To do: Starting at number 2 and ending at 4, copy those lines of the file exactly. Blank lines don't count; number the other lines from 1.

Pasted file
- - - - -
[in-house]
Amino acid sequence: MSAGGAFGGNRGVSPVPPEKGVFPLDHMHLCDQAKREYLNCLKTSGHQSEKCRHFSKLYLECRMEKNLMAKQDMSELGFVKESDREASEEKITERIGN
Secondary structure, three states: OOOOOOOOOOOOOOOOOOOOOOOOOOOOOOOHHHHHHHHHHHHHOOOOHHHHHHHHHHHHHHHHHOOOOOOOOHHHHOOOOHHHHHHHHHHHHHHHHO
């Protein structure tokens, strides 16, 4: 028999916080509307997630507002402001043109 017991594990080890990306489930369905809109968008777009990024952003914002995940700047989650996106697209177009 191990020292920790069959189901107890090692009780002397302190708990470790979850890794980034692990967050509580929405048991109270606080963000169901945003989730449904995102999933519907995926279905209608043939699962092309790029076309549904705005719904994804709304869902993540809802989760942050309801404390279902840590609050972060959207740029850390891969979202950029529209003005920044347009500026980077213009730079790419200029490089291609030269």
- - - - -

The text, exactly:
Amino acid sequence: MSAGGAFGGNRGVSPVPPEKGVFPLDHMHLCDQAKREYLNCLKTSGHQSEKCRHFSKLYLECRMEKNLMAKQDMSELGFVKESDREASEEKITERIGN
Secondary structure, three states: OOOOOOOOOOOOOOOOOOOOOOOOOOOOOOOHHHHHHHHHHHHHOOOOHHHHHHHHHHHHHHHHHOOOOOOOOHHHHOOOOHHHHHHHHHHHHHHHHO
């Protein structure tokens, strides 16, 4: 028999916080509307997630507002402001043109 017991594990080890990306489930369905809109968008777009990024952003914002995940700047989650996106697209177009 191990020292920790069959189901107890090692009780002397302190708990470790979850890794980034692990967050509580929405048991109270606080963000169901945003989730449904995102999933519907995926279905209608043939699962092309790029076309549904705005719904994804709304869902993540809802989760942050309801404390279902840590609050972060959207740029850390891969979202950029529209003005920044347009500026980077213009730079790419200029490089291609030269």